Toyota Target Costing
- Pages: 4
- Word count: 928
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There are numerous differences between management practices in Western companies and companies in Japan. One of the main differences is related to cost reduction. A manager in Europe or the United States generally expects to use cost information to make decisions about pricing and investments, while a Japanese manager expects to use cost information to control costs. Toyota uses cost planning to generally reduce costs at the design stage. By using this technique, Toyota sets goals for cost reduction, and then tries to achieve these new targets through design changes that will accomplish the cost reduction goal. Toyota goes through a vigorous testing phase to judge the costs of the new design in comparison with the old one, in order to guarantee a cost reduction after implementation of the new technique. This is the main idea that Toyota uses to achieve their company-wide goals.
The question still is, what is target costing? Target costing is an attempt at the planning and development phase, of a product life cycle, to attain a specified cost that is decided on by management. This technique is different from cost elimination in that it seeks to lower costs by designing a quality product that reduces costs in the production phase. Target costing is defined as a companywide profit management activity during the new product development stage that includes: (1) planning products that have customer-pleasing quality, (2) determining target costs (including target investment costs) for the new product to yield the target profit required over the medium to long term given the current market conditions, and (3) devising ways to make the product design achieve target costs while also satisfying customer needs for quality and prompt delivery. Target costing was invented by Toyota in 1965.
Better Product Planning and Development
More opportunities for cost reduction exist in product planning and development as compared to production.
This article focuses on the changes made to existing automobiles and not the design of new ones. There are several steps in the sequence of price, production, and cost decisions. Toyota first decides what the new retail price of the automobile is going to be by taking the old price and adding the value of any new functions. The sales division comes up with the suggested production volume, by taking past numbers and indexing them to market trends and the state of competitors. After all these figures have been set, the focus switches to cost planning. This cost plan is based on the product plan and the targets for retail price and production volume. Toyota establishes a profit target that is subtracted to determine their target cost. These cost planning decisions are made three years before they release the model. Tanaka includes the algebraic explanations of how the cost-planning numbers are derived. Estimating Differential Costs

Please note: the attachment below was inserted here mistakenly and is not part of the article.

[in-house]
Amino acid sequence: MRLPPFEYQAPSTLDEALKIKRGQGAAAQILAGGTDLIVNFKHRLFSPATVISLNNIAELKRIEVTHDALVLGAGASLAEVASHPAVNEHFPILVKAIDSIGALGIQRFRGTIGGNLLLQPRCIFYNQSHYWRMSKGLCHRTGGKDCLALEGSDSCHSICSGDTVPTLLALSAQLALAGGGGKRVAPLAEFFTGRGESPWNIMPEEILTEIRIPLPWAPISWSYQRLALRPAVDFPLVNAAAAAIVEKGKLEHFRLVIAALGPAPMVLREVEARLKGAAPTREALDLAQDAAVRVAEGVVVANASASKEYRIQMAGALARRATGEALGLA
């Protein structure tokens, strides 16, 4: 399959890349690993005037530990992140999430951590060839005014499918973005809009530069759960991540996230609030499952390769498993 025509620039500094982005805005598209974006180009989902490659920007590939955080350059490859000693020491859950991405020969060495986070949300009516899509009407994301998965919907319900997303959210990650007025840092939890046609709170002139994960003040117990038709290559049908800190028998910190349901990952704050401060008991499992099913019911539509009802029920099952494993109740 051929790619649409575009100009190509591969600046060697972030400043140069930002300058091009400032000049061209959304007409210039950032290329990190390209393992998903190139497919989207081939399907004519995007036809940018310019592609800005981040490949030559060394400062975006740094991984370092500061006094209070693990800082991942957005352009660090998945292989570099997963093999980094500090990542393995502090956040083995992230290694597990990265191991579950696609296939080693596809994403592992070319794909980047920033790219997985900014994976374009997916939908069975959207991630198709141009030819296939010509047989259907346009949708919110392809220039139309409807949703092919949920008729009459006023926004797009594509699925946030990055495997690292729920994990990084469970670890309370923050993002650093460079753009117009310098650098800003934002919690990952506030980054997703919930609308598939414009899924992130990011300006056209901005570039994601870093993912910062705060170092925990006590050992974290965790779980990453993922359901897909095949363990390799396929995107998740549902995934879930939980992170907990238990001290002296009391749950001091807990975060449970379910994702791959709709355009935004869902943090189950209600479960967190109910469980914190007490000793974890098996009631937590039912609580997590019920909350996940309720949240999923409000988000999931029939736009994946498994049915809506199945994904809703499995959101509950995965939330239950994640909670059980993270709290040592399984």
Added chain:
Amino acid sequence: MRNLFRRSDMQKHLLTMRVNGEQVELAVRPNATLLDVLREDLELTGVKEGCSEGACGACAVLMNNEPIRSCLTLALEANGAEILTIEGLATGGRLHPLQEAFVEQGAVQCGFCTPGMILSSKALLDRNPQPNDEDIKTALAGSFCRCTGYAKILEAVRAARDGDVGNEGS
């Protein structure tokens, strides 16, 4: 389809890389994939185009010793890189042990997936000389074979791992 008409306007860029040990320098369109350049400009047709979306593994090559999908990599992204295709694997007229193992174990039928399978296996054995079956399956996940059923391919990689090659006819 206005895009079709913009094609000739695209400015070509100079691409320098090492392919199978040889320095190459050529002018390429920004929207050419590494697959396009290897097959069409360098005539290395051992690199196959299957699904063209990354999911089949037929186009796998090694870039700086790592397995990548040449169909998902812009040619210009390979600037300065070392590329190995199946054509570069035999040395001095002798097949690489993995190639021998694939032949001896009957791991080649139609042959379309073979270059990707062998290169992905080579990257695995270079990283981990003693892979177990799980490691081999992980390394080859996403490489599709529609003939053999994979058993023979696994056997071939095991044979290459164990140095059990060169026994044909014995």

When Toyota estimates the approximate costs of a new model it does not simply add up all the costs of the upgraded model, but instead it sums the cost variations of the new model and the old one. Toyota finds this technique to be very beneficial, because it tends to be less work and provides more accurate results. In addition it helps the specific divisions comprehend the cost fluctuations. By using this technique Toyota removes variable costs both models incur, such as wages and indirect costs, and then they can base their decisions only on costs that change between the two models in relation to design and production volume.
Equipment Investment and Depreciation
A full model change requires a large investment in equipment. The production-technology division makes the equipment –investment plan which is then adjusted by the accounting division by taking into consideration the influence on the cost of the new model.
Promoting Cost Planning
The purpose of cost planning is to determine the amount by which costs can be reduced through better design of the new model. Cost reduction targets are not rationed off to the appropriate divisions by using a standard percentage to spread the reduction evenly over the entire process, but instead the reduction is efficiently passed to each division based on their capability. This capability is determined by the cost manager meeting with each division manager to agree on an appropriate cost reduction for that specific division, and then it is the responsibility of each division to carry-out those reductions their own way.
Value engineering starts with performance checks on the test parts. Designs are changed to give the parts a specific degree of performance, neither more nor less. Then discussion turns to possible ways to cut costs while maintaining performance.
From Cost Planning to Mass Production
Cost planning is effectively finished when the project goes to the mass-production stage. Follow-up studies are done for a year after start-up to ensure that mass production is going forward at the planned cost.
Cost Planning and Standard Costing
In cost planning, costs are estimated from the cost tables as the sum of the differences between the current and the new models. Standard cost at the mass-production stage changes depending on specific production line conditions.
The main point in this article is to show how cost planning at Toyota is focused on the design phase. Toyota does this by setting goals for cost reductions through design changes solely, excluding all other factors. Toyota takes these goals and then assesses them to different divisions, to make the necessary changes. Toyota believes that by changing product design and production design to produce lower priced and more efficient products, they will achieve a higher level of profitability.